What are your options? Everyone’s financial situation is unique. With that in mind, here are five different options for making your homeownership dreams a reality.
1. Get a Co-signer
If your income isn’t high enough to qualify for the loan you need and if you can find a co-signer with enough disposable income, part of that person’s income can be considered toward your loan amount regardless of whether
the person will actually be living with you or helping you pay the bill. In some cases, a co-signer may also be able to compensate for your less-than-perfect credit. Overall, the co-signer is guaranteeing the lender that your mortgage payments will be paid. If you decide to go this route, just make sure that both of you understand the financial and legal obligations the co-signer takes on when he or she signs the loan documents.
Sometimes conditions in the economy, the housing market or lending business make lenders less generous with loans. If you’re in a climate where everyone is panicking, then it may be best to wait things out. When conditions improve, lenders may become more accommodating. In the meantime, you can work on improving your credit score, reducing your debt and increasing your savings. While you’re waiting, home prices or interest rates could drop. Either of these changes could also improve your mortgage eligibility.
3. Set your Sights on a Less-Expensive Property
If you can’t qualify for the amount of mortgage you want and you aren’t willing to wait, switching to a condo or townhouse instead of a house, accepting fewer bedrooms or bathrooms, or moving to a less attractive or more
distant neighbourhood may give you more options. As a more drastic option, you could even move to a different part of the country where the cost of home ownership is lower. When your financial situation improves down the road you might be able to trade up to the property, neighborhood or city where you hope to end up.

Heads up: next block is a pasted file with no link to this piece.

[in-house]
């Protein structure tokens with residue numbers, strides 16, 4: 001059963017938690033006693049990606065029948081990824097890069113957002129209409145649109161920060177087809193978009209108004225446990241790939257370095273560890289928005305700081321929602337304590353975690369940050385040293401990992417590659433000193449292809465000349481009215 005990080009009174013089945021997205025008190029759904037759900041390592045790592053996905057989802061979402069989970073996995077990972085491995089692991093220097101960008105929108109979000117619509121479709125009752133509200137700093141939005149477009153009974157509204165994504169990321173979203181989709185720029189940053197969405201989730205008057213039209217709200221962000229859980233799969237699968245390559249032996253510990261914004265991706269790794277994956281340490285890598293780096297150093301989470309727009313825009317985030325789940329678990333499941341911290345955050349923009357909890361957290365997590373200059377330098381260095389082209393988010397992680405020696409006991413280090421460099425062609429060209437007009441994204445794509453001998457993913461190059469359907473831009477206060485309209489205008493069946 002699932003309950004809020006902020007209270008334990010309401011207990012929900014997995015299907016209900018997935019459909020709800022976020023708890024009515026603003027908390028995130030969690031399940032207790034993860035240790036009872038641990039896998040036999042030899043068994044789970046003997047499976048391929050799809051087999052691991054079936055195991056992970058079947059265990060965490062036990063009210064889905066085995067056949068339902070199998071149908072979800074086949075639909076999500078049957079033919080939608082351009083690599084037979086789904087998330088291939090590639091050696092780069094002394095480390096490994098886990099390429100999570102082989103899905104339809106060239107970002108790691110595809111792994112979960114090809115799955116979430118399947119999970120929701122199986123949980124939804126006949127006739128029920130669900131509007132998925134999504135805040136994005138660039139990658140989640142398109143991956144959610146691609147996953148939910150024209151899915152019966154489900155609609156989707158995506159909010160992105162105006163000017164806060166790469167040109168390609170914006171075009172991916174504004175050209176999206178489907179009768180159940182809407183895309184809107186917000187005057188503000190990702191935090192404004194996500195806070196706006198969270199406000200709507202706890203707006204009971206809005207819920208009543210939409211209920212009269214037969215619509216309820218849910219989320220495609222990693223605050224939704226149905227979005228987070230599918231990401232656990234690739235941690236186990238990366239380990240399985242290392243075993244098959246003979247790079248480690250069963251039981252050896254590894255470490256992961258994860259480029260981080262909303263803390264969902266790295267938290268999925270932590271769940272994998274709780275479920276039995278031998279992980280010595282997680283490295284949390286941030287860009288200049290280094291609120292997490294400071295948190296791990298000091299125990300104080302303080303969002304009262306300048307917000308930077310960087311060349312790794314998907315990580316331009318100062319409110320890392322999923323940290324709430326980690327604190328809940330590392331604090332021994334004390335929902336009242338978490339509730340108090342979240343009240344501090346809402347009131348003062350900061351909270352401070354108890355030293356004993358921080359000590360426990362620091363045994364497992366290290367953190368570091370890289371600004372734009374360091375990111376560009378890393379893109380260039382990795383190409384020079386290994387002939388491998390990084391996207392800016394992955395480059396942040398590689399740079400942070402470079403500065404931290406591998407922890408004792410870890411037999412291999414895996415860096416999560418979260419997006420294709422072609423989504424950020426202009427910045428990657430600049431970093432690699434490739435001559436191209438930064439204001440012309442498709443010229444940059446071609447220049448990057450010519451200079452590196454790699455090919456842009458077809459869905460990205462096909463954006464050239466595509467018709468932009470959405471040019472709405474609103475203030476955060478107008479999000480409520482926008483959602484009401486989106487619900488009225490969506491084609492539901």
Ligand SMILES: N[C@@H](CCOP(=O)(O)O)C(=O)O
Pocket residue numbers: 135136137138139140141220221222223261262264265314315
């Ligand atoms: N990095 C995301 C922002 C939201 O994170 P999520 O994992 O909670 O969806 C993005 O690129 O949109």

4. Ask the Lender for an Exception
Believe it or not, it is possible to ask the lender to send your file to someone else within the company for a second opinion on a rejected loan application. In asking for an exception, you'll need to have a very good reason, and you'll need to write a carefully worded letter defending your case. Your letter should avoid excuses and sob stories and focus only on the facts. Explain how the incident that is preventing your loan from being approved, such as a charged-off account, was a one-time event that will never occur again. This one-time event should have been caused by a catastrophe such as a large and unexpected medical expense, natural disaster, divorce or death in the family. The blemish on your record will actually need to have been a one-time event, and you'll need to be able to
back your story up with an otherwise flawless credit history.
5. Team Up With Someone Else
Two incomes are better than one, so if you can't qualify on your own, perhaps you have a family member or friend that you trust enough and like enough to make a major purchase with and live with. It won't be enough to just put them on the loan, of course - they'll need to actually help with the mortgage payments to make it work, and chances are they won't want to pay half the mortgage unless they're living in the new home with you.
To go from rejected to pre-approved, it's important to know what lenders are looking for in an applicant. If you've been turned down for a mortgage, make sure to ask your mortgage professional plenty of questions about things
you could do in your specific situation to make yourself a more attractive loan candidate. With time, patience, hard work and a little luck, you should be able to turn the situation around and become a residential property owner.
This article is written by or on behalf of an outsourced columnist and does not necessarily reflect the views of Castanet.